Time and tide

sundialAs Christmas approaches again, it can sometimes seem as if nothing (no-thing) is newly created any more – particularly with the endless display of, so-called, ‘new-things’ appearing on-line and in retail stores. In the book of Ecclesiastes we read, “Is there a thing of which it is said, ‘See, this is new’?”

Some 25 years ago, Michael Leunig produced a now well-known poem that, in ‘insurance speak’, could perhaps be referred to as, new for old. As I recall, it was published in the Sunday Age around Christmas time. Three of its six lines were, “Love is born,” the last being, “Love is always born”.

Nothing interrupts the normal flow of ordinary life so much as love.

When I make an effort to talk about love, it invariably detracts from the objective. Nothing takes me more into silence than the contemplation of love. I find that it’s actually easier to love when I’m silent than when I speak (or write for that matter).

Take for instance, the love of a newborn baby. All crying aside, more silence than sound comes out when a baby attempts to use words. And the ‘word’ or sound that is uttered seems to fall back again into the silence. Similarly, silence, has always heralded the mystery of the arrival of the Christ child.

As we approach Christmastide, I think we would do well to focus on the suffix ‘tide’, which can be taken as meaning ‘a point or portion of time’. Later, it came to be associated with the rise and fall of the sea.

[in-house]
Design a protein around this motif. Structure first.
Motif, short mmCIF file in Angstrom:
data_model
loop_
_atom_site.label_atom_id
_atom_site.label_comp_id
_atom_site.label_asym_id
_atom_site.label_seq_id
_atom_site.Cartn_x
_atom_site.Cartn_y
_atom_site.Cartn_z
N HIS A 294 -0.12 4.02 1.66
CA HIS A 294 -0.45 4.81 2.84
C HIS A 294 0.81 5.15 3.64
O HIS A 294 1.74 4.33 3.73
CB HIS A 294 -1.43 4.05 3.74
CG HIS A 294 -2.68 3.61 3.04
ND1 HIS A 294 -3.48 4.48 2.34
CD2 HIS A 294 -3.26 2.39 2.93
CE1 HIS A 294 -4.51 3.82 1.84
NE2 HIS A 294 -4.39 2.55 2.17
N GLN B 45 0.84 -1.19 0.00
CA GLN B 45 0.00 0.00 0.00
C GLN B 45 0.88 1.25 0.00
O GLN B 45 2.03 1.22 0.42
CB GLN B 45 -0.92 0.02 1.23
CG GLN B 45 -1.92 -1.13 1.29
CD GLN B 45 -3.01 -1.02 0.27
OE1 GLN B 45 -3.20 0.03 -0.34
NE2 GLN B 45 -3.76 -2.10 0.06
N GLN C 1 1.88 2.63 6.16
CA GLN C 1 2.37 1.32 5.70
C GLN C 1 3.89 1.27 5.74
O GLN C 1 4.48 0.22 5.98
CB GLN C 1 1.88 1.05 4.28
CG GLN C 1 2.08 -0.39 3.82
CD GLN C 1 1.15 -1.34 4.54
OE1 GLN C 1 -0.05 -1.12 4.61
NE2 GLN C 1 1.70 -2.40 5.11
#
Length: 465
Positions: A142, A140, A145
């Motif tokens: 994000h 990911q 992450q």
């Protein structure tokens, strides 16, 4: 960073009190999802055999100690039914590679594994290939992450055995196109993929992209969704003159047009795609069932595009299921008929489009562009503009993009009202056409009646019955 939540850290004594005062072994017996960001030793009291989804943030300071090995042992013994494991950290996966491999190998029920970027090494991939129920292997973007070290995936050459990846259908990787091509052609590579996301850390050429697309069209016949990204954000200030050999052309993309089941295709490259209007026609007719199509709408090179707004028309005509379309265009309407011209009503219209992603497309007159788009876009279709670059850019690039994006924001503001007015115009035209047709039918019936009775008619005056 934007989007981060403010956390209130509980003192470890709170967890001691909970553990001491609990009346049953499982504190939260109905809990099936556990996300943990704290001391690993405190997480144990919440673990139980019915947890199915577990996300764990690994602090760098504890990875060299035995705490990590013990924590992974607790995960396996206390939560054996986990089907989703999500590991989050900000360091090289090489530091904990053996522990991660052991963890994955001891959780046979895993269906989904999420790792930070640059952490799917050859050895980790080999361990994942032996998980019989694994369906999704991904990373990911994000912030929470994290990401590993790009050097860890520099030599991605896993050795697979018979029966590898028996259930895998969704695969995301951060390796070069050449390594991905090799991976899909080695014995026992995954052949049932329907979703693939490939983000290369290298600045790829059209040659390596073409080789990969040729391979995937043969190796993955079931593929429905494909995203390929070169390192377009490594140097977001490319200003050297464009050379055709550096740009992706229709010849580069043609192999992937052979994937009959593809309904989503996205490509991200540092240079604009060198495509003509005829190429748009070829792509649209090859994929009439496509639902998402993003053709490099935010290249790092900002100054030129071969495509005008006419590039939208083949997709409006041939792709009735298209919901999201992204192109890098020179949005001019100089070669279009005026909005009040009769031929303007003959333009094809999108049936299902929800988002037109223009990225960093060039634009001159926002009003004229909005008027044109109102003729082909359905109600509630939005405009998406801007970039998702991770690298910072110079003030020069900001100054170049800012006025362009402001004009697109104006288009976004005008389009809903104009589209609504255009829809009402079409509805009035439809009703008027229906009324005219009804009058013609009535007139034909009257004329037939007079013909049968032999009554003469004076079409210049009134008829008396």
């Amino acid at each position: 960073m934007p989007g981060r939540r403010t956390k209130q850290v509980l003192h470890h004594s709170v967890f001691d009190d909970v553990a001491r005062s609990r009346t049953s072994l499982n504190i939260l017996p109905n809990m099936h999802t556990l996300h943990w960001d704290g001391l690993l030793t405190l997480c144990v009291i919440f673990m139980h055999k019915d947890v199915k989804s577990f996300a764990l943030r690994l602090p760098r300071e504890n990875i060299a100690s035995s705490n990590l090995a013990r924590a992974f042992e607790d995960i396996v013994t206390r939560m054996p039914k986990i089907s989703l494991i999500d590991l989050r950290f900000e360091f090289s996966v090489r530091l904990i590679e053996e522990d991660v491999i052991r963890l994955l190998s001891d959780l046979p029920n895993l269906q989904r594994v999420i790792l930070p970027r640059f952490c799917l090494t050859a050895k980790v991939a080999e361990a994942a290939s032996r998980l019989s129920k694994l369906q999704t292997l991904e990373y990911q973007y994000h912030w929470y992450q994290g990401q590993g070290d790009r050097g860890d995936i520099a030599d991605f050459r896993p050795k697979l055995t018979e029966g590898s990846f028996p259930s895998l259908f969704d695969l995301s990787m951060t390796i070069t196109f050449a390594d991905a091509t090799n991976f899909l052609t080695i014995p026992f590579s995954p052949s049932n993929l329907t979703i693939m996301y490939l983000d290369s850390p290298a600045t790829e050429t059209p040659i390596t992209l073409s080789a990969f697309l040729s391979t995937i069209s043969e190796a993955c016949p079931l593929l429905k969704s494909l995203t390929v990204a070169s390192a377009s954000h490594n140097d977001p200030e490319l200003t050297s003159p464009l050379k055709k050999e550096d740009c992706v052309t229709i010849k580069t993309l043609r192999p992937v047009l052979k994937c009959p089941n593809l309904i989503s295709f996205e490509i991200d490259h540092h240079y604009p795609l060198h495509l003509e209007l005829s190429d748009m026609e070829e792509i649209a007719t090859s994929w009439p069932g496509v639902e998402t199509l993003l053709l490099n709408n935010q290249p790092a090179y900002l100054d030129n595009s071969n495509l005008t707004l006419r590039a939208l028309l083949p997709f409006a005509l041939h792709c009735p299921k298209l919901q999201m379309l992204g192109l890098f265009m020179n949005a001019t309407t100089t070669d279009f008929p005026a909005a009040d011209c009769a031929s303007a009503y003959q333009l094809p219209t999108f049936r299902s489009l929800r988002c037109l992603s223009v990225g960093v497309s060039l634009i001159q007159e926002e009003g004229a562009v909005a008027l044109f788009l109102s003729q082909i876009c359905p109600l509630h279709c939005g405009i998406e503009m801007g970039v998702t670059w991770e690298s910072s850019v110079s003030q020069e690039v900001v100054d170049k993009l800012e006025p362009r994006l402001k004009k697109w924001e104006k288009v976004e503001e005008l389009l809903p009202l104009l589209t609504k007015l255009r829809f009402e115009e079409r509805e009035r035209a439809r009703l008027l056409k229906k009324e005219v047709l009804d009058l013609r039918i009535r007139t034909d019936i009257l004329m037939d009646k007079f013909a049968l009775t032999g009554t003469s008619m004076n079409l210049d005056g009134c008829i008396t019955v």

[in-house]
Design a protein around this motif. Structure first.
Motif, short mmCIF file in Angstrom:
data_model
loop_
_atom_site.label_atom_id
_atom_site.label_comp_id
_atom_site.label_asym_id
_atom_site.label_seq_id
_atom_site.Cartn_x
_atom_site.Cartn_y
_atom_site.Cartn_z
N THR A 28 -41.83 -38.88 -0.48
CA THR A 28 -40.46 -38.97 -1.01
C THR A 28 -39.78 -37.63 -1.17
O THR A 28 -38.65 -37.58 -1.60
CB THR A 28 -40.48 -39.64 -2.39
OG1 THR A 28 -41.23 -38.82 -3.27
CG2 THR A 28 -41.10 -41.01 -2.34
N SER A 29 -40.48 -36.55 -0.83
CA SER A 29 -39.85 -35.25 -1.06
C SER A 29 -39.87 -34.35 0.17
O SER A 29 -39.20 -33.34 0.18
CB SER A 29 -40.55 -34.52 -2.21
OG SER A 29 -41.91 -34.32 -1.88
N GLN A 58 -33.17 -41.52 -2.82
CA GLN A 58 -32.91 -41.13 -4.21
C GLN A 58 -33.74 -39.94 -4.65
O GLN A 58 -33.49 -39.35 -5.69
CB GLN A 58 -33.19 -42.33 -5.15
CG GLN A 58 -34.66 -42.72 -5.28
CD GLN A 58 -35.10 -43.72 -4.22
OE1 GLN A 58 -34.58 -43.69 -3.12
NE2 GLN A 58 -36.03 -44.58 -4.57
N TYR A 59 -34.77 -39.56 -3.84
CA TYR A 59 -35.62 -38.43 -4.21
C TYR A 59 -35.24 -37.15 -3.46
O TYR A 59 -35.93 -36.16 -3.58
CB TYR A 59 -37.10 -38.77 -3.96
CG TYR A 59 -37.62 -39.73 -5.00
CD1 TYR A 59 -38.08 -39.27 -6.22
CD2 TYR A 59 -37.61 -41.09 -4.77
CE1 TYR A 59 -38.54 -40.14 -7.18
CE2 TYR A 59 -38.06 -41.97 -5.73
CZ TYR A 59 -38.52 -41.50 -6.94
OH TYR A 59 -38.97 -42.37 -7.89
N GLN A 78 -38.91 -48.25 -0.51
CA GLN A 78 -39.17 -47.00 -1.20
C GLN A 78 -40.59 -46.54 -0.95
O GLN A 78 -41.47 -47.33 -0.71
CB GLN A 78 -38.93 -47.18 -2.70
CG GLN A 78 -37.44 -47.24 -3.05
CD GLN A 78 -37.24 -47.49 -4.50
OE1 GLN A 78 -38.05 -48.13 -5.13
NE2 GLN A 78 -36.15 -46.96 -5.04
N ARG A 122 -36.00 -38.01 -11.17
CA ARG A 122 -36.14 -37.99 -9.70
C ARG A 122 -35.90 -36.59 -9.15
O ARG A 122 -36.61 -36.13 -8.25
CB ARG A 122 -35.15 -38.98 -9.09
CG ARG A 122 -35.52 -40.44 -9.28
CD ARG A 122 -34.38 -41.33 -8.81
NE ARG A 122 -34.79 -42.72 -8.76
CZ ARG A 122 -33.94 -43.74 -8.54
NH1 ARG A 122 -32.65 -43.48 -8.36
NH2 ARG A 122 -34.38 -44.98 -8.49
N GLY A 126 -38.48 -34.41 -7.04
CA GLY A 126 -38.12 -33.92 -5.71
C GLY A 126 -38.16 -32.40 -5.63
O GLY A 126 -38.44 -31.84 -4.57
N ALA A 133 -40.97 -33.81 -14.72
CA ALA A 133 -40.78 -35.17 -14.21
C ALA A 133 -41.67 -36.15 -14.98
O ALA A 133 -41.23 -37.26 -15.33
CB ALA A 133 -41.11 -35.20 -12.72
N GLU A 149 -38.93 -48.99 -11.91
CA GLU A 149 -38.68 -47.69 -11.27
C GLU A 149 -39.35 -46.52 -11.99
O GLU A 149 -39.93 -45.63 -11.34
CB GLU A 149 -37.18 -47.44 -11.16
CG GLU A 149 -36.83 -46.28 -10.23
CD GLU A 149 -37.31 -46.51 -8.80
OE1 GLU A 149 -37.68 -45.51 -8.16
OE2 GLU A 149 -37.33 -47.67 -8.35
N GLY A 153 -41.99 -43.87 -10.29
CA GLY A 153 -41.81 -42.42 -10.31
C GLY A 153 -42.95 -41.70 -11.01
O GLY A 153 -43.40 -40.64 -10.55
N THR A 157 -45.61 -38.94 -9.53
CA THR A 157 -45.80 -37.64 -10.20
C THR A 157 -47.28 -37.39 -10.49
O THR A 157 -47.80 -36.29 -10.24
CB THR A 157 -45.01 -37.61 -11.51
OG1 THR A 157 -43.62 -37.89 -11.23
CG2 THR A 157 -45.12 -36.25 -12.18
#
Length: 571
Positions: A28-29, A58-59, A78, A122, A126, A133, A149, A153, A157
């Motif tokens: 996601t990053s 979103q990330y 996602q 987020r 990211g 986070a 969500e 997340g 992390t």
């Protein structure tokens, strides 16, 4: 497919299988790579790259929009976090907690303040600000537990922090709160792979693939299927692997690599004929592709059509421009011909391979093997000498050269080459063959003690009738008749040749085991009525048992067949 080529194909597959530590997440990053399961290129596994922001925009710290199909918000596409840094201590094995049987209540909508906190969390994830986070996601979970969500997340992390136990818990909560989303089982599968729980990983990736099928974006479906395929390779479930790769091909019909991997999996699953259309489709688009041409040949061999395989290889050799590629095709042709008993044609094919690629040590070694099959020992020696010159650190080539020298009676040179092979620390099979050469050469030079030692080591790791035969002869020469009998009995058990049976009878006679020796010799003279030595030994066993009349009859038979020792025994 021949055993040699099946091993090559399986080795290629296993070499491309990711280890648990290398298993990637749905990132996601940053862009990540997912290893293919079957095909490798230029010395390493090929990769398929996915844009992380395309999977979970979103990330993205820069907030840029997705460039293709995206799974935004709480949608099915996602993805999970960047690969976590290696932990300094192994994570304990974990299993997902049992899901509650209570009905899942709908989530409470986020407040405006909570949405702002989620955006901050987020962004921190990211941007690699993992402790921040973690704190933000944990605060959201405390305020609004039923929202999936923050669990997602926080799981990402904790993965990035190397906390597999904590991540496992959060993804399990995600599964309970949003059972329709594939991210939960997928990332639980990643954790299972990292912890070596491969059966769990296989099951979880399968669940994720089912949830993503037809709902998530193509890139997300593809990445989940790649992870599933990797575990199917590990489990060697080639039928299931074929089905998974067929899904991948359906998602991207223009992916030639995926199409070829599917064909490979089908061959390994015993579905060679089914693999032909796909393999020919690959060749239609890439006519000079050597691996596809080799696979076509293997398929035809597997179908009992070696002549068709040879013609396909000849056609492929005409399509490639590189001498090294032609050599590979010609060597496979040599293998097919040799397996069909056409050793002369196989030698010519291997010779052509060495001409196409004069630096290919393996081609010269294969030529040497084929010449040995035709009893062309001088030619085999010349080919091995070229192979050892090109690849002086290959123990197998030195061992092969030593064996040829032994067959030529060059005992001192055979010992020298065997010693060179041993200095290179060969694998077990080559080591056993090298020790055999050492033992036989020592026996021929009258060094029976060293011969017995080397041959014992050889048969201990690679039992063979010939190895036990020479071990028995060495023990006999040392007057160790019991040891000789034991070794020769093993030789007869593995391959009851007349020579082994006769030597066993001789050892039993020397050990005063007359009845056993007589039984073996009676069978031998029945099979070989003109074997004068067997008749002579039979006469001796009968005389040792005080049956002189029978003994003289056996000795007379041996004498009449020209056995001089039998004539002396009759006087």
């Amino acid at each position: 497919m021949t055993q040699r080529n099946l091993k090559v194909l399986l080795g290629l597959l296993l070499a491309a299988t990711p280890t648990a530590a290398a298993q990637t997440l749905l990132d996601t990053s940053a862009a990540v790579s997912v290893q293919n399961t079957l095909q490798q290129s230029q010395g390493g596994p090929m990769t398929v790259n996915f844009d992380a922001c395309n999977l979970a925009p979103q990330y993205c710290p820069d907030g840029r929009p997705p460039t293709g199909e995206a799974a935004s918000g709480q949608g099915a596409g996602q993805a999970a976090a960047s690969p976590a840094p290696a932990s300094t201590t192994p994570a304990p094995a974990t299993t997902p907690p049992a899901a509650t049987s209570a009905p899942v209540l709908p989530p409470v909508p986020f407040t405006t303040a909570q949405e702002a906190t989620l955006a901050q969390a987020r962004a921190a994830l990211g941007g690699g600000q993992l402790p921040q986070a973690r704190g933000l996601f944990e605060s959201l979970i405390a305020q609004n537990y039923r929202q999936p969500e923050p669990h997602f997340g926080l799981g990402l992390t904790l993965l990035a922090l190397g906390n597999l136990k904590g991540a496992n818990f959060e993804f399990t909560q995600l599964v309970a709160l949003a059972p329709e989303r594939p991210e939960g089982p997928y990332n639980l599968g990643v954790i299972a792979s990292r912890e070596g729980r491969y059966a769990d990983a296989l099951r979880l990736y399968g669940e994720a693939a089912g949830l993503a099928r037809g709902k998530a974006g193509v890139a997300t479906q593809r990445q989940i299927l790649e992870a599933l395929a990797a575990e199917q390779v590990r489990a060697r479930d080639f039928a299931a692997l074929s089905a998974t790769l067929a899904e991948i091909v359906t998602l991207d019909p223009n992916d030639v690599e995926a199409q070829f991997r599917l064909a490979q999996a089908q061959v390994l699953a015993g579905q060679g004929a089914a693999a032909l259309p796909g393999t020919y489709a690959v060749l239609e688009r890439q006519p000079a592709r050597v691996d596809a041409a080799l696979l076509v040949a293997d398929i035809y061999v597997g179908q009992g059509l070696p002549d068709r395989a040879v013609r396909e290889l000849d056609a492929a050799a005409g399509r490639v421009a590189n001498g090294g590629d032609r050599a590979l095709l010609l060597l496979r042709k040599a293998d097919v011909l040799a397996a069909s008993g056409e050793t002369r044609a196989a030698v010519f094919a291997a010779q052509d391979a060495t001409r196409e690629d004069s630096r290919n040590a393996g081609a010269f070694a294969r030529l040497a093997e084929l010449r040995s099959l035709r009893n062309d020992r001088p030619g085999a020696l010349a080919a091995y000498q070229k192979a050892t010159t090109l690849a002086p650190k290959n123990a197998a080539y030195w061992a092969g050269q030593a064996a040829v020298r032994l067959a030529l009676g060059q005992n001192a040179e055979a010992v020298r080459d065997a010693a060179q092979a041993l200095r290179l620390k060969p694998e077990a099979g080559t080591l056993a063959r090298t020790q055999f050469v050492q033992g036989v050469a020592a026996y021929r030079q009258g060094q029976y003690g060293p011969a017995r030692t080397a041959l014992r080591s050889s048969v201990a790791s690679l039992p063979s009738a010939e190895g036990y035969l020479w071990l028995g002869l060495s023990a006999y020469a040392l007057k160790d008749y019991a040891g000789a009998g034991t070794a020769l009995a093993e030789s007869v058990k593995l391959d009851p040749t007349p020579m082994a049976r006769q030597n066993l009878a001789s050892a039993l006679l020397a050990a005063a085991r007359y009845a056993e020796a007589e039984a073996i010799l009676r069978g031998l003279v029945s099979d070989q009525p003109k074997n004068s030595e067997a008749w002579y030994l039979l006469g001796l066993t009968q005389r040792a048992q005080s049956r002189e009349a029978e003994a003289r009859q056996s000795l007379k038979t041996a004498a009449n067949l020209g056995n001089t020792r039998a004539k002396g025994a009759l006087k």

Tides were the intervals between lines on sundials. They were around three hours in duration. People would know which ‘tide’ it was through the ringing of a church bell. The part on the sundial that cast a shadow was known as the gnomon, which came from the Greek, meaning ‘one that knows or examines’.

As we enter the season of Advent, more often than not, we will find that we are surrounded by noise, both within and without. A counter to this can be stillness, in the manner of a gnomon, which is acted upon by the sun. Perseverance in stillness and silence is a dynamic of prayer.

After all, it is in silence that our first ‘meeting’ with God takes place. The silence of God is different to any silence that we can concoct. God’s nature is silence. During Christmastide, the silence of God’s love is once again, born.

The only means I have to convey this is the use of words. There is a great deal about love that is communicable. But the core of it is something we must apprehend for ourselves. Mercifully, silence trumps words, for silence carries the weight of God’s love.

The ancient monks often asked, “What rules us?” The past? Memories? Ambition? Remorse? Desires? Things? What should of course rule over us is love … for the person who abides in love abides in God.

The gifts we are given in the silent tide of Christmas are hope, peace, joy and love. These are gifts that the world can’t give – they don’t depend on favourable circumstances. They depend on an awareness of being … an awareness of the opening of our hearts, onto another awareness altogether.

As individuals, as a society and yes, as church, we have not yet learned to ignore the things that are unimportant. Being indifferent to unimportant things can be a way of focusing attention on that which is most worthy of love.

“Behold” – look, examine, know, says Isaiah, “I am creating a new heaven and a new earth”. New for old. Former things will be forgotten; they will no longer live in the crevices of the heart.

Both Isaiah and Leunig have alerted us to the something in us that desires birth. The hope is, that together, like a rising tide, we are slowly waking as one people, of all cultures and all faiths and none.

Dan Wootton


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